aching

[ ey-king ]
/ ˈeɪ kɪŋ /

adjective

causing physical pain or distress: treatment for an aching back.
full of or precipitating nostalgia, grief, loneliness, etc.

Nearby words

  1. achillotomy,
  2. achimaas,
  3. achimelech,
  4. achimenes,
  5. achinese,
  6. achingly,
  7. achinsk,
  8. achiote,
  9. achiral,
  10. achish

Origin of aching

Middle English word dating back to 1200–1250; see origin at ache, -ing2

Related formsach·ing·ly, adverbun·ach·ing, adjectiveun·ach·ing·ly, adverb

ache

[ eyk ]
/ eɪk /

verb (used without object), ached, ach·ing.

to have or suffer a continuous, dull pain: His whole body ached.
to feel great sympathy, pity, or the like: Her heart ached for the starving animals.
to feel eager; yearn; long: She ached to be the champion. He's just aching to get even.

noun

a continuous, dull pain (in contrast to a sharp, sudden, or sporadic pain).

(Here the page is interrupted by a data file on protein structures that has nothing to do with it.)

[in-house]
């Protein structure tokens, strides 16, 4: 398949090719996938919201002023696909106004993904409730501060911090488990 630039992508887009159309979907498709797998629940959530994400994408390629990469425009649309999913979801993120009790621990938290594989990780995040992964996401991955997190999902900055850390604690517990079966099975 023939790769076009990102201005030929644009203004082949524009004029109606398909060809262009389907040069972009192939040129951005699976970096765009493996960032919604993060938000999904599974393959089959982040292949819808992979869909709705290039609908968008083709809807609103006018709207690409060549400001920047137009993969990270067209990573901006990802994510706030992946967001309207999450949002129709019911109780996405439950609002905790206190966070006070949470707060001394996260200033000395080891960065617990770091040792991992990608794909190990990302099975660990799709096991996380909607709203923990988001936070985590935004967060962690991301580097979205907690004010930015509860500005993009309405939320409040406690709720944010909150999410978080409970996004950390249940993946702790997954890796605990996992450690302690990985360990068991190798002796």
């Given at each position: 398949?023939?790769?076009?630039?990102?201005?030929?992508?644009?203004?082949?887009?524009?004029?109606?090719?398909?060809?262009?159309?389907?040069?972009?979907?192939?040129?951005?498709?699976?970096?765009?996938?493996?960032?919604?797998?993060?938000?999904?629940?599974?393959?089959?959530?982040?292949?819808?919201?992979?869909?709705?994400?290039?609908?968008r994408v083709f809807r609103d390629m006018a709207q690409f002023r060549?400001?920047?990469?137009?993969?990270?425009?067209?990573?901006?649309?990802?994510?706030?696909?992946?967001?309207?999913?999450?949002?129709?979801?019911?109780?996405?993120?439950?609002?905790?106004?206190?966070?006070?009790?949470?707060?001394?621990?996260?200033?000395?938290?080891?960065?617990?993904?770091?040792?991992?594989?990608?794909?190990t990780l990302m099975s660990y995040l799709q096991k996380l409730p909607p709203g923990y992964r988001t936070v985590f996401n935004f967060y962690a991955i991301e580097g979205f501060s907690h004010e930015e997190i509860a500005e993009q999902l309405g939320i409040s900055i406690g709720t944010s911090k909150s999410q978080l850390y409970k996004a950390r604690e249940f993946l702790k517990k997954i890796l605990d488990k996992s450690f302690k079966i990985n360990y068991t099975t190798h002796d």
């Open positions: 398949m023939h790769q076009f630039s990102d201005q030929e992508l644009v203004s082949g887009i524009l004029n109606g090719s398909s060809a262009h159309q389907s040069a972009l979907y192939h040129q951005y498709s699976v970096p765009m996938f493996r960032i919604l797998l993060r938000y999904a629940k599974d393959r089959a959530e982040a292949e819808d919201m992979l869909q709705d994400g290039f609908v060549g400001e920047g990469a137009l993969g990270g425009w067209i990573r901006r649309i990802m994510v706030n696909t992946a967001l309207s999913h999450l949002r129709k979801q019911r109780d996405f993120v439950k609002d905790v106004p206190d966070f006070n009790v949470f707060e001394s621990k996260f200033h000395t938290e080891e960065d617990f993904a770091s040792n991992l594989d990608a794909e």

Origin of ache

before 900; (v.) Middle English aken, Old English acan; perhaps metaphoric use of earlier unattested sense “drive, impel” (compare Old Norse aka, cognate with Latin agere, Greek ágein); (noun) derivative of the v.

Synonym study

4. See pain.

Dictionary.com Unabridged Based on the Random House Unabridged Dictionary, © Random House, Inc. 2019

Examples from the Web for aching


British Dictionary definitions for aching

ache

/ (eɪk) /

verb (intr)

to feel, suffer, or be the source of a continuous dull pain
to suffer mental anguish

noun

a continuous dull pain
Derived Formsaching, adjectiveachingly, adverb

Word Origin for ache

Old English ācan (vb), æce (n), Middle English aken (vb), ache (n). Compare bake, batch

Collins English Dictionary - Complete & Unabridged 2012 Digital Edition © William Collins Sons & Co. Ltd. 1979, 1986 © HarperCollins Publishers 1998, 2000, 2003, 2005, 2006, 2007, 2009, 2012

Word Origin and History for aching
Online Etymology Dictionary, © 2010 Douglas Harper

Medicine definitions for aching

ache

[ āk ]

n.

A dull persistent pain.

v.

To suffer a dull, sustained pain.

The American Heritage® Stedman's Medical Dictionary Copyright © 2002, 2001, 1995 by Houghton Mifflin Company. Published by Houghton Mifflin Company.